Aphids & Maple Trees

We have a freshly budding Maple tree in our back yard (though it seems a bit early this year). My wife seems to think that it's dripping a residue which I would be inclined to think is Aphid activity since we've had problems with Aphids in the past with our Maple trees. I don't recall however, having the issue at the 'budding' stage before so... What steps to the experienced or experts suggest for budding Maple trees where Aphids are concerned... ? We don't like to spray unless necessary because of our dog and cats but... HATE the Aphids and their 'sap', just the same... :-)
Any help is appreciated and TIA...
Chris snipped-for-privacy@NOSPAMnctv.com
remove 'NOSPAM' in above address for direct emails and they ARE welcome...
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cover wrote:

Insecticidal soap.
--

Travis in Shoreline (just North of Seattle) Washington
USDA Zone 8b
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On Mon, 28 Mar 2005 21:13:39 -0800, cover wrote:

Aphids are in general a pain, but they do little to no harm to the tree. If you elect to 'treat' the aphid infestation, you may very well kill off the very insects that control aphids, hence creating an endless loop of infestation.
A client of mine had an aphid problem in a birch tree which was next to a parking area. The cars would get covered with honeydew which would create a black mold on the car. She would have the tree treated twice a year... and it wasn't cheap. This was a large tree. After her husband complained about the cost of the treatments which didn't really solve the problem, they asked me to cut the tree down even though they liked it. I suggested that they waited out the season ( I was way busy anyways) and to do a few things to manage the tree. They agreed.
First thing was to hose the tree with a garden hose and a sweeper nossle every few days. Blast the buggers off the tree, once off they die. The second was to water the tree deeply once a week and to fertilize it. Latter that summer the tree was -COVERED- with ladybugs. There were thousands of them and just as many nymphs. This tree is still standing and has been left untreated for 4 years now. Yes there are still aphid infestations, but they don't last very long.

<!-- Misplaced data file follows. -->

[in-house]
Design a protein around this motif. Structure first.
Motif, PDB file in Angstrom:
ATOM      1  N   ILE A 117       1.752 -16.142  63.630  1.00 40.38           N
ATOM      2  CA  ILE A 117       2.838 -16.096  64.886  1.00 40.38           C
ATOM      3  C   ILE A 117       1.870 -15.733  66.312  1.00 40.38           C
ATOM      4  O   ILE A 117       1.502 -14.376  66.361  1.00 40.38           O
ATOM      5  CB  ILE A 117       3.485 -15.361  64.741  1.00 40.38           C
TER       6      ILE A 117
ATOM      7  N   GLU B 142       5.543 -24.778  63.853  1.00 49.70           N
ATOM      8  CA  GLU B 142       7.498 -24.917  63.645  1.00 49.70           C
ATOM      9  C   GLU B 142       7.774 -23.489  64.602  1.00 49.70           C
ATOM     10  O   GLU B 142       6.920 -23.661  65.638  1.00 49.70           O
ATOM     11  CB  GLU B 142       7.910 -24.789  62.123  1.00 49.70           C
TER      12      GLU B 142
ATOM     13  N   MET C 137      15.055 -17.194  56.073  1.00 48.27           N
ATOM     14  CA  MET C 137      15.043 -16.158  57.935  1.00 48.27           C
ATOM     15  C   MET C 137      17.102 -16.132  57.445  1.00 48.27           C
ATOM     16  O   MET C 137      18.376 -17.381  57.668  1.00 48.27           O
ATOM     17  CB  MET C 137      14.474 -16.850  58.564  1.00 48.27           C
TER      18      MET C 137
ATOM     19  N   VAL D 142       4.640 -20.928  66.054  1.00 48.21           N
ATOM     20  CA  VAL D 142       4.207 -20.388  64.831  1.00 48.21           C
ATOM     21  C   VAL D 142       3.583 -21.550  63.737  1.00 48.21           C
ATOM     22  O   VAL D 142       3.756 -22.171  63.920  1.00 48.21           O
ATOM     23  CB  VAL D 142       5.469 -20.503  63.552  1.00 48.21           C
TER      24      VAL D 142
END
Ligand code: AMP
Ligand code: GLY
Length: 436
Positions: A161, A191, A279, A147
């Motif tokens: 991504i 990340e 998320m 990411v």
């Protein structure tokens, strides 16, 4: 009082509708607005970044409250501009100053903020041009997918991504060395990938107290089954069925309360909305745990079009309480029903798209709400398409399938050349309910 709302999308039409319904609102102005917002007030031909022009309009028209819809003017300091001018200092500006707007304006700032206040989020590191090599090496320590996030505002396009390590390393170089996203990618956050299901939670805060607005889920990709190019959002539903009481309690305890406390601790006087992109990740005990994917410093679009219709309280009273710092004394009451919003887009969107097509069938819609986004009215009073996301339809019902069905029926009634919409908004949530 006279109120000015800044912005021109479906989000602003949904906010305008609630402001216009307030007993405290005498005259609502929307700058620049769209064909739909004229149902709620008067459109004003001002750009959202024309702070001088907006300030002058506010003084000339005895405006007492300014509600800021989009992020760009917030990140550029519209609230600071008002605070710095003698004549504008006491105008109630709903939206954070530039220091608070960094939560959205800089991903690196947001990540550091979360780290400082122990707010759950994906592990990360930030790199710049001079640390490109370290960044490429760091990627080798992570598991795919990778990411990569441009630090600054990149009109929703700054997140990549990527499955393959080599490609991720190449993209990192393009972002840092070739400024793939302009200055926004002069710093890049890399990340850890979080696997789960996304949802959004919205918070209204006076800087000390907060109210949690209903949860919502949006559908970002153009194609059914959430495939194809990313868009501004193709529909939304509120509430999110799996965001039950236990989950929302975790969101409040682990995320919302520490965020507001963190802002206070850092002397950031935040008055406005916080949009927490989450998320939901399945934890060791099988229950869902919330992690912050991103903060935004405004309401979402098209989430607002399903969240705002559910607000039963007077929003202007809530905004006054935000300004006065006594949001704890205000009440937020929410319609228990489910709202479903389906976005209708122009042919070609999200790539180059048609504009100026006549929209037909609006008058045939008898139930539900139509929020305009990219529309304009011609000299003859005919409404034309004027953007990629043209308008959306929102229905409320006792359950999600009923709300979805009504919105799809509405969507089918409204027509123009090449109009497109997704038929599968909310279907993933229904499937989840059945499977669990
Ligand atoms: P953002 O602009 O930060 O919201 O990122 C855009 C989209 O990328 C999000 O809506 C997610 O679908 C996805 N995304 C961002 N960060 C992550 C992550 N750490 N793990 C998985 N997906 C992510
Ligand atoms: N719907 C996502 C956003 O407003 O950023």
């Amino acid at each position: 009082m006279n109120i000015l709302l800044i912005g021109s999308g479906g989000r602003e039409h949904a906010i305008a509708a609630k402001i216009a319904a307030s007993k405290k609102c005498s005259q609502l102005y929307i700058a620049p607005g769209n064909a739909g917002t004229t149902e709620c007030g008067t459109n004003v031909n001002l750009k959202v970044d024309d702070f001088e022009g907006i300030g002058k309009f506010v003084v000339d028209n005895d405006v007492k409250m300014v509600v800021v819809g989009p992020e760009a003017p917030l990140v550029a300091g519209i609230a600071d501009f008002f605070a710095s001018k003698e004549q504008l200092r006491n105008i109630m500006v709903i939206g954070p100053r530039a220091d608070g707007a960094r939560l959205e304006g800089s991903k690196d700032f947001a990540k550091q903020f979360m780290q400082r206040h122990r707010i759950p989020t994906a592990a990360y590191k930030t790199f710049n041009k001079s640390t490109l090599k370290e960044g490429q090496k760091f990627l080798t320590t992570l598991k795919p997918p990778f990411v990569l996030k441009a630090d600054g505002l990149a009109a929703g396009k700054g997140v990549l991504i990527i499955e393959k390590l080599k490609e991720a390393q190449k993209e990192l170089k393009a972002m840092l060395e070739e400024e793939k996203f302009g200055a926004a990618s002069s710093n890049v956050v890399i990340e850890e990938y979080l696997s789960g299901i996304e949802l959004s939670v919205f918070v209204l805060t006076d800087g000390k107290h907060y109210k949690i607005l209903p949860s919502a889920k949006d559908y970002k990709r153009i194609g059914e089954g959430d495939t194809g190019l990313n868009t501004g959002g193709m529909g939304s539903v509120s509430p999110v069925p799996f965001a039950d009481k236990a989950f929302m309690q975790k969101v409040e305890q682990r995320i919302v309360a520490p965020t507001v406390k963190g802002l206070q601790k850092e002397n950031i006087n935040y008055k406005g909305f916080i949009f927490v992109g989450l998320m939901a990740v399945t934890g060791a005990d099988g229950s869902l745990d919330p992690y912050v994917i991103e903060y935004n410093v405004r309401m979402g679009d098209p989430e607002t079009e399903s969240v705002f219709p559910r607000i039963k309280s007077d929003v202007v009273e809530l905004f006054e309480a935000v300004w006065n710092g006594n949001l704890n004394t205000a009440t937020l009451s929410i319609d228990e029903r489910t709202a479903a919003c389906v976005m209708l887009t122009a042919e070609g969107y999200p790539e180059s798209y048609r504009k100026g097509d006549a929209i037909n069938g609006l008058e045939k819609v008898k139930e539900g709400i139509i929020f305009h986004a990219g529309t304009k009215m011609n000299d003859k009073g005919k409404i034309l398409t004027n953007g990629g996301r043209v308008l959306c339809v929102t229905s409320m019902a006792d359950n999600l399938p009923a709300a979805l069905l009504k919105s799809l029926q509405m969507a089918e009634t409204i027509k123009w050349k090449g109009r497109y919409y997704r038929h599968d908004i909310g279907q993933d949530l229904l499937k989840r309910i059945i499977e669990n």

In the long run, if you find yourself treating this tree every season, you really should ask yourself if it's truly worth the cost of treatment and annoyance.
Good luck.
--
Yard Works Gardening Co.
http://www.ywgc.com
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On Mon, 28 Mar 2005 21:13:39 -0800, cover wrote:

Aphids are in general a pain, but they do little to no harm to the tree. If you elect to 'treat' the aphid infestation, you may very well kill off the very insects that control aphids, hence creating an endless loop of infestation.
A client of mine had an aphid problem in a birch tree which was next to a parking area. The cars would get covered with honeydew which would create a black mold on the car. She would have the tree treated twice a year... and it wasn't cheap. This was a large tree. After her husband complained about the cost of the treatments which didn't really solve the problem, they asked me to cut the tree down even though they liked it. I suggested that they waited out the season ( I was way busy anyways) and to do a few things to manage the tree. They agreed.
First thing was to hose the tree with a garden hose and a sweeper nossle every few days. Blast the buggers off the tree, once off they die. The second was to water the tree deeply once a week and to fertilize it. Latter that summer the tree was -COVERED- with ladybugs. There were thousands of them and just as many nymphs. This tree is still standing and has been left untreated for 4 years now. Yes there are still aphid infestations, but they don't last very long.
In the long run, if you find yourself treating this tree every season, you really should ask yourself if it's truly worth the cost of treatment and annoyance.
Good luck.
--
Yard Works Gardening Co.
http://www.ywgc.com
  Click to see the full signature.
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